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March is a tweener. A mix of warm, stately sunsets, frenetic snowstorms, and gray afternoons that look at you askance, it's a month that throws the notion of categorization off balance.
Emahoy Tsegué-Maryam Guèbrou's piano playing is similarly resistant to classification, and this is its magnificence. Her songs—always solo piano affairs—often recall the impressionism and romance of more familiar composers like Debussy and Chopin, evincing the European classical traditions she studied as a youth during stints in Switzerland and Cairo. But all is not as it seems. Guèbrou modulates playfully in and out of keys like a somnambulating Thelonious Monk, and runs her hummingbird fingers up and down the pentatonic scale in the great tradition of her church's liturgical chants. She's unbound by key, by tradition, by meter—sometimes, her right-hand melodies seem to float above the measures they're part of. I don't wish to count them.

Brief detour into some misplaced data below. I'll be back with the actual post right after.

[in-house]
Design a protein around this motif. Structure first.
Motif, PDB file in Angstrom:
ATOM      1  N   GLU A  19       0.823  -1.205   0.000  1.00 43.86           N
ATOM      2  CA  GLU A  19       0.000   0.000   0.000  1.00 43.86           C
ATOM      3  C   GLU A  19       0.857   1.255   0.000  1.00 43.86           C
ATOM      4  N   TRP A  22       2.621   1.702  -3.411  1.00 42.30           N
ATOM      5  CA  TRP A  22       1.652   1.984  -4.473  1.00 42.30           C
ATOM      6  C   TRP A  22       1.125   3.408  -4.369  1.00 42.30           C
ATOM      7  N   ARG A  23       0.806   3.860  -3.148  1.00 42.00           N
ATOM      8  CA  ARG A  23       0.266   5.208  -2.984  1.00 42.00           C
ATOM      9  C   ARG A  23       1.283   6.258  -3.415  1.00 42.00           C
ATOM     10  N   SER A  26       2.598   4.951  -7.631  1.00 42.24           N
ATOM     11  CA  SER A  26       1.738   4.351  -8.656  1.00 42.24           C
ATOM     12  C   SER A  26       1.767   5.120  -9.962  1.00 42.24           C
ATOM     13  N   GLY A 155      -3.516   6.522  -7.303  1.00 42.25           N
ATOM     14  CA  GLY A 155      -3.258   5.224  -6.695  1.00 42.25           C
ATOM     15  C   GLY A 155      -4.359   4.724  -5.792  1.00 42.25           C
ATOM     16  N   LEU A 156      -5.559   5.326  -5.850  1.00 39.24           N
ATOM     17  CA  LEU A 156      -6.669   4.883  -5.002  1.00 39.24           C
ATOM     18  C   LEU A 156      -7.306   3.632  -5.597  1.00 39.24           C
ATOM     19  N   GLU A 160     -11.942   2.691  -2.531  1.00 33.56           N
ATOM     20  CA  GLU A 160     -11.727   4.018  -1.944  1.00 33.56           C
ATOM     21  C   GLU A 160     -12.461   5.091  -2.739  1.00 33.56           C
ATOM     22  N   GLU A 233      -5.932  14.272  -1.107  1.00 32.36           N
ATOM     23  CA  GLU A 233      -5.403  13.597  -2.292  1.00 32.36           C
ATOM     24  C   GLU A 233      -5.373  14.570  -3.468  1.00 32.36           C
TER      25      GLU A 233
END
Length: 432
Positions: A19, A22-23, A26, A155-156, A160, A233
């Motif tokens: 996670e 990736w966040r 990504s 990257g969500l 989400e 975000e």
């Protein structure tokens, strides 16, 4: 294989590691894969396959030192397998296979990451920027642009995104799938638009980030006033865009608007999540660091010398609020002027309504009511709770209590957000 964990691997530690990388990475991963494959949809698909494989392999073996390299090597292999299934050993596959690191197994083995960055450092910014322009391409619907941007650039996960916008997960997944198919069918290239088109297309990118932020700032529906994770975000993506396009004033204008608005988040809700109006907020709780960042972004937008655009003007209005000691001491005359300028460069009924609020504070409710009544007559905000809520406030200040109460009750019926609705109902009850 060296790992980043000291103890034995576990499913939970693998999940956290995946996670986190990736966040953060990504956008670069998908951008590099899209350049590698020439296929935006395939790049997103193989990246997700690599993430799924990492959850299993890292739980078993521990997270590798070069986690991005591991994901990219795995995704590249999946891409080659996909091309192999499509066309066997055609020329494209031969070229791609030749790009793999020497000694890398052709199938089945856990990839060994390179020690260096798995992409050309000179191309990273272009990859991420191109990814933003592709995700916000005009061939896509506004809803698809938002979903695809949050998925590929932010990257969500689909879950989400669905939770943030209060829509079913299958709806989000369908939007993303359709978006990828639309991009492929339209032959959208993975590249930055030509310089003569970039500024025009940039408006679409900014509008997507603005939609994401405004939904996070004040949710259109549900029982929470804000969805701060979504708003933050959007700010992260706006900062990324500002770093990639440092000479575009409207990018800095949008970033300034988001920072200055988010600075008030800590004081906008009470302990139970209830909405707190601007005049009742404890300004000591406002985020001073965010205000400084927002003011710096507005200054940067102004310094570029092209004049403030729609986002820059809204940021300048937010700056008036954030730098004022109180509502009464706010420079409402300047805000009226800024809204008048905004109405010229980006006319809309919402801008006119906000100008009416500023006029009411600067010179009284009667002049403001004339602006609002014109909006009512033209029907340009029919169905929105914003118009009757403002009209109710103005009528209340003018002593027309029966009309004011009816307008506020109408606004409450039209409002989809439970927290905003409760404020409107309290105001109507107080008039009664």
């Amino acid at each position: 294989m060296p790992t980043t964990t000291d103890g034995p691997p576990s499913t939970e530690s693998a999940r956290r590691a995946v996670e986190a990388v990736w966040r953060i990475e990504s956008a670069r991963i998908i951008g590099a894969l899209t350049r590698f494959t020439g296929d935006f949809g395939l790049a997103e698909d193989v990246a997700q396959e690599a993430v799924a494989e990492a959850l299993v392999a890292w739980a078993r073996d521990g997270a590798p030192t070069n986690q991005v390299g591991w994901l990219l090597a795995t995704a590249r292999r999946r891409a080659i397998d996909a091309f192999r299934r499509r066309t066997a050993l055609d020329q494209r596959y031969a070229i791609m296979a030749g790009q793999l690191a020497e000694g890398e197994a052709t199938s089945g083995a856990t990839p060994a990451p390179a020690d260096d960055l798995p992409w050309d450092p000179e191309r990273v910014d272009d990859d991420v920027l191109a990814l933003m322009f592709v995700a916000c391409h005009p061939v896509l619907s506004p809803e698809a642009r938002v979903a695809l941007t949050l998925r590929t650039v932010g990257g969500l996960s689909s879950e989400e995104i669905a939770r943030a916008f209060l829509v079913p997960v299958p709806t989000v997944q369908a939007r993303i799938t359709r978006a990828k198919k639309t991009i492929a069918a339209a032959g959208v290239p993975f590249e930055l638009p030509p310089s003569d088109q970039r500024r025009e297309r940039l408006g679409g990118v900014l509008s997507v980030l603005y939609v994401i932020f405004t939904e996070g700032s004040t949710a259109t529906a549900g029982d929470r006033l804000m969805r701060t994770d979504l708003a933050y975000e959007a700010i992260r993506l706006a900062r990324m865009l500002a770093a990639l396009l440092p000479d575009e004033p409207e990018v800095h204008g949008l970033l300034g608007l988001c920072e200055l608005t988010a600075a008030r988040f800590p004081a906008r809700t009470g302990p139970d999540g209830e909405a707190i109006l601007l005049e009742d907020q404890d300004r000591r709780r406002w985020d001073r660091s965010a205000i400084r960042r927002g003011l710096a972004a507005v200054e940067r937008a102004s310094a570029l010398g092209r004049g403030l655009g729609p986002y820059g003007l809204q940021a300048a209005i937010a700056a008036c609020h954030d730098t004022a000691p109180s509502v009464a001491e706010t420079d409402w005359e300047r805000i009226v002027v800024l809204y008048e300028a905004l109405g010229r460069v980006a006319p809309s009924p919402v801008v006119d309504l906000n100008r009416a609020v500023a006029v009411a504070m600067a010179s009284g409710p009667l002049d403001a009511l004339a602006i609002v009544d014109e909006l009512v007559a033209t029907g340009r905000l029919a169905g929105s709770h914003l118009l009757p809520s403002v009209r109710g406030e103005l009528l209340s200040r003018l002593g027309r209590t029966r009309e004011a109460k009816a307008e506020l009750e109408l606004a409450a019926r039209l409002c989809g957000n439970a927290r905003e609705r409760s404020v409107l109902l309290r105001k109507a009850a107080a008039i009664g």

She released two albums in the late 1960s and early '70s to fund an orphanage, compiled on the incredible Éthiopiques, vol. 21: Emahoy (Piano Solo). With songs like "The Homeless Wanderer," and "The Mad Man's Laughter," Guèbrou seems happily unmoored, and the more I listen—me as well. Sometimes gods are fallible, and you don't yearn for spring.